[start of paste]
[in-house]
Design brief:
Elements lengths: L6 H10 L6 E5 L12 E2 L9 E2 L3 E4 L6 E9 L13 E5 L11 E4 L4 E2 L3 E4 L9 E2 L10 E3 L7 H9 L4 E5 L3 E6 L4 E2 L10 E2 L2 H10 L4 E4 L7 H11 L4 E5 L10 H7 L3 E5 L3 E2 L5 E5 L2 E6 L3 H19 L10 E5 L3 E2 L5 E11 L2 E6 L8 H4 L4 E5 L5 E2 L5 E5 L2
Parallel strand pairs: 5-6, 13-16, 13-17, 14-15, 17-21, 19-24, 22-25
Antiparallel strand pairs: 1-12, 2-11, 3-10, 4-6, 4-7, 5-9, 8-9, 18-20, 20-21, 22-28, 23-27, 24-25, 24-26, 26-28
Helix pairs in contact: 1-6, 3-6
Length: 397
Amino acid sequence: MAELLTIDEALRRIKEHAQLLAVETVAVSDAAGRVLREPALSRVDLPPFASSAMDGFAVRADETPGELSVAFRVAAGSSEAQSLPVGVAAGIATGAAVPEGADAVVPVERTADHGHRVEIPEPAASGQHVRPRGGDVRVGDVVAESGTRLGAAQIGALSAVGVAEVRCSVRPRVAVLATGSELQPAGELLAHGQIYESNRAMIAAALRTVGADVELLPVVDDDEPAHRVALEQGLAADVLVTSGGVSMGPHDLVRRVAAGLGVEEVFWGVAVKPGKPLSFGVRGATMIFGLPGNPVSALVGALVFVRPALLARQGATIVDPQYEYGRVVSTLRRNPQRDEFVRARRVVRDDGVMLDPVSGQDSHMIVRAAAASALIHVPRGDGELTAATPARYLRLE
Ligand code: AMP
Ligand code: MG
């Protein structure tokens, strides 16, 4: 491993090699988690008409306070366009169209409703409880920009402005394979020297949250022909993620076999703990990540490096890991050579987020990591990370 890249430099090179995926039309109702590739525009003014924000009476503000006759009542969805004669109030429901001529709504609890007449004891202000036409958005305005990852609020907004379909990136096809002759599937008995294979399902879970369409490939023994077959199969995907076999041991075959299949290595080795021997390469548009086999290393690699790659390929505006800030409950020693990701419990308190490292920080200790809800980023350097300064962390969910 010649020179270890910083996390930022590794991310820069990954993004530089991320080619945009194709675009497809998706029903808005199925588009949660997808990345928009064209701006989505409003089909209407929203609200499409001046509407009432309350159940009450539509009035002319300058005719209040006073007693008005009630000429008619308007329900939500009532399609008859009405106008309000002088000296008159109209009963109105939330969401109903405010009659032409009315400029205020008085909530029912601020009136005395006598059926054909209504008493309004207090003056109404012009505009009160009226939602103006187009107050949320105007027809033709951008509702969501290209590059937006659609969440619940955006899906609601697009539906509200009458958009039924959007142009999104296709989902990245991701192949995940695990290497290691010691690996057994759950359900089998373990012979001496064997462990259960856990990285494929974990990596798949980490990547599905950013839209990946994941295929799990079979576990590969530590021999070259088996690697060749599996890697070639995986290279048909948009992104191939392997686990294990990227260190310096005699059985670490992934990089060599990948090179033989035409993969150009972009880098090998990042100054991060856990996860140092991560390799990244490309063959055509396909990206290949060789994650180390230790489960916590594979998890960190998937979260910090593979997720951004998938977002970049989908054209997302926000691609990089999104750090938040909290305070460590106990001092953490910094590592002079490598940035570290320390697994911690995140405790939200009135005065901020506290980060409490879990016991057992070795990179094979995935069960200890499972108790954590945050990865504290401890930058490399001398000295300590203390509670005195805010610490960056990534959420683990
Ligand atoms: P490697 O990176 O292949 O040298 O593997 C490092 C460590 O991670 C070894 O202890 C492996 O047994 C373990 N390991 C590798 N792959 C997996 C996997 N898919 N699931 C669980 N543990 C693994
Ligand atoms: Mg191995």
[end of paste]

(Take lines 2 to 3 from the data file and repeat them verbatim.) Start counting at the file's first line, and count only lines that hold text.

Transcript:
Design brief:
Elements lengths: L6 H10 L6 E5 L12 E2 L9 E2 L3 E4 L6 E9 L13 E5 L11 E4 L4 E2 L3 E4 L9 E2 L10 E3 L7 H9 L4 E5 L3 E6 L4 E2 L10 E2 L2 H10 L4 E4 L7 H11 L4 E5 L10 H7 L3 E5 L3 E2 L5 E5 L2 E6 L3 H19 L10 E5 L3 E2 L5 E11 L2 E6 L8 H4 L4 E5 L5 E2 L5 E5 L2